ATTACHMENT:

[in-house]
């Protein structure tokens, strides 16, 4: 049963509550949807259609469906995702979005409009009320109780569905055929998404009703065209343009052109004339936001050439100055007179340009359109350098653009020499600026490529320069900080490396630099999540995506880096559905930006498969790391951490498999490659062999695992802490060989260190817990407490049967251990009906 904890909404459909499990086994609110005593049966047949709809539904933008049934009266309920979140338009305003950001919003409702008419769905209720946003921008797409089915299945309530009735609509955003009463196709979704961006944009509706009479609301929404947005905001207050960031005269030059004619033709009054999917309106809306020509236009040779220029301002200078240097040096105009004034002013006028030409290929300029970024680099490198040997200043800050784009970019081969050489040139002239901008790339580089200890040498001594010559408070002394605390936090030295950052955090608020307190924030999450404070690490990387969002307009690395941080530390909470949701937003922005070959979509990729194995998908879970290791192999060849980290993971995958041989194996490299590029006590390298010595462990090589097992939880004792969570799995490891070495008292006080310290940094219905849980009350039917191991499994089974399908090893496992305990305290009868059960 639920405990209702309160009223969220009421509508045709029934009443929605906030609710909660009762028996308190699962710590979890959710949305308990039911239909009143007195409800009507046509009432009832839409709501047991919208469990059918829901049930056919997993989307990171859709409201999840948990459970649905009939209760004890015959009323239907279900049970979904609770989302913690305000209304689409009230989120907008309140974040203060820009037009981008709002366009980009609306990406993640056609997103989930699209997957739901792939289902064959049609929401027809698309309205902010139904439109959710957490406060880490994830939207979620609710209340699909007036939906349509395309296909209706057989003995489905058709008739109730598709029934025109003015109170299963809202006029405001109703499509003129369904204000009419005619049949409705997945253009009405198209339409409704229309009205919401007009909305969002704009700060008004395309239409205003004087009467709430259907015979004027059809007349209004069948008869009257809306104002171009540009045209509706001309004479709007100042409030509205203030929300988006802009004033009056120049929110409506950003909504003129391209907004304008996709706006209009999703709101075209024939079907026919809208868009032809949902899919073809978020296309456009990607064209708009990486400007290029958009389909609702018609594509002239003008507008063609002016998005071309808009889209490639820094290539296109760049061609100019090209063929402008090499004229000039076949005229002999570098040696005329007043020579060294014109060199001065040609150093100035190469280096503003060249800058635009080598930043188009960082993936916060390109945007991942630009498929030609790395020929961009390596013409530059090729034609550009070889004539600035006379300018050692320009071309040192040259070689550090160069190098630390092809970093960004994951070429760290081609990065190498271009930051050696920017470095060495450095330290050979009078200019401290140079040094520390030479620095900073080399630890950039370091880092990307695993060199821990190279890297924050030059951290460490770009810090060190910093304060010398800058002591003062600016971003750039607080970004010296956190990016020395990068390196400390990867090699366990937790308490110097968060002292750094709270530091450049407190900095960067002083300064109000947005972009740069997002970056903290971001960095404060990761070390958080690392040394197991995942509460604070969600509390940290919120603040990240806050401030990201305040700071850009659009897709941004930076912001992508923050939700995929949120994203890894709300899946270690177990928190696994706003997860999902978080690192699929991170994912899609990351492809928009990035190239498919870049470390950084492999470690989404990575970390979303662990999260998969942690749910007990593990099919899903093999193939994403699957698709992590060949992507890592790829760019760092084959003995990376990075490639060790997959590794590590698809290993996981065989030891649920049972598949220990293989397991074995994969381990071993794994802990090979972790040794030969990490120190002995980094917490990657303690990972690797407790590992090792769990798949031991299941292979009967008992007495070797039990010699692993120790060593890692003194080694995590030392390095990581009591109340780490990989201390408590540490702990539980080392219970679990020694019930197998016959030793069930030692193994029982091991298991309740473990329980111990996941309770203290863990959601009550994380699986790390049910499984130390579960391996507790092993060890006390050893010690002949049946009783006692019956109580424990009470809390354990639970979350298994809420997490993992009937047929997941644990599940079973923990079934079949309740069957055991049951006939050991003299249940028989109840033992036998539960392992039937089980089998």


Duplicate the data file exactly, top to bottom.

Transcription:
[in-house]
């Protein structure tokens, strides 16, 4: 049963509550949807259609469906995702979005409009009320109780569905055929998404009703065209343009052109004339936001050439100055007179340009359109350098653009020499600026490529320069900080490396630099999540995506880096559905930006498969790391951490498999490659062999695992802490060989260190817990407490049967251990009906 904890909404459909499990086994609110005593049966047949709809539904933008049934009266309920979140338009305003950001919003409702008419769905209720946003921008797409089915299945309530009735609509955003009463196709979704961006944009509706009479609301929404947005905001207050960031005269030059004619033709009054999917309106809306020509236009040779220029301002200078240097040096105009004034002013006028030409290929300029970024680099490198040997200043800050784009970019081969050489040139002239901008790339580089200890040498001594010559408070002394605390936090030295950052955090608020307190924030999450404070690490990387969002307009690395941080530390909470949701937003922005070959979509990729194995998908879970290791192999060849980290993971995958041989194996490299590029006590390298010595462990090589097992939880004792969570799995490891070495008292006080310290940094219905849980009350039917191991499994089974399908090893496992305990305290009868059960 639920405990209702309160009223969220009421509508045709029934009443929605906030609710909660009762028996308190699962710590979890959710949305308990039911239909009143007195409800009507046509009432009832839409709501047991919208469990059918829901049930056919997993989307990171859709409201999840948990459970649905009939209760004890015959009323239907279900049970979904609770989302913690305000209304689409009230989120907008309140974040203060820009037009981008709002366009980009609306990406993640056609997103989930699209997957739901792939289902064959049609929401027809698309309205902010139904439109959710957490406060880490994830939207979620609710209340699909007036939906349509395309296909209706057989003995489905058709008739109730598709029934025109003015109170299963809202006029405001109703499509003129369904204000009419005619049949409705997945253009009405198209339409409704229309009205919401007009909305969002704009700060008004395309239409205003004087009467709430259907015979004027059809007349209004069948008869009257809306104002171009540009045209509706001309004479709007100042409030509205203030929300988006802009004033009056120049929110409506950003909504003129391209907004304008996709706006209009999703709101075209024939079907026919809208868009032809949902899919073809978020296309456009990607064209708009990486400007290029958009389909609702018609594509002239003008507008063609002016998005071309808009889209490639820094290539296109760049061609100019090209063929402008090499004229000039076949005229002999570098040696005329007043020579060294014109060199001065040609150093100035190469280096503003060249800058635009080598930043188009960082993936916060390109945007991942630009498929030609790395020929961009390596013409530059090729034609550009070889004539600035006379300018050692320009071309040192040259070689550090160069190098630390092809970093960004994951070429760290081609990065190498271009930051050696920017470095060495450095330290050979009078200019401290140079040094520390030479620095900073080399630890950039370091880092990307695993060199821990190279890297924050030059951290460490770009810090060190910093304060010398800058002591003062600016971003750039607080970004010296956190990016020395990068390196400390990867090699366990937790308490110097968060002292750094709270530091450049407190900095960067002083300064109000947005972009740069997002970056903290971001960095404060990761070390958080690392040394197991995942509460604070969600509390940290919120603040990240806050401030990201305040700071850009659009897709941004930076912001992508923050939700995929949120994203890894709300899946270690177990928190696994706003997860999902978080690192699929991170994912899609990351492809928009990035190239498919870049470390950084492999470690989404990575970390979303662990999260998969942690749910007990593990099919899903093999193939994403699957698709992590060949992507890592790829760019760092084959003995990376990075490639060790997959590794590590698809290993996981065989030891649920049972598949220990293989397991074995994969381990071993794994802990090979972790040794030969990490120190002995980094917490990657303690990972690797407790590992090792769990798949031991299941292979009967008992007495070797039990010699692993120790060593890692003194080694995590030392390095990581009591109340780490990989201390408590540490702990539980080392219970679990020694019930197998016959030793069930030692193994029982091991298991309740473990329980111990996941309770203290863990959601009550994380699986790390049910499984130390579960391996507790092993060890006390050893010690002949049946009783006692019956109580424990009470809390354990639970979350298994809420997490993992009937047929997941644990599940079973923990079934079949309740069957055991049951006939050991003299249940028989109840033992036998539960392992039937089980089998």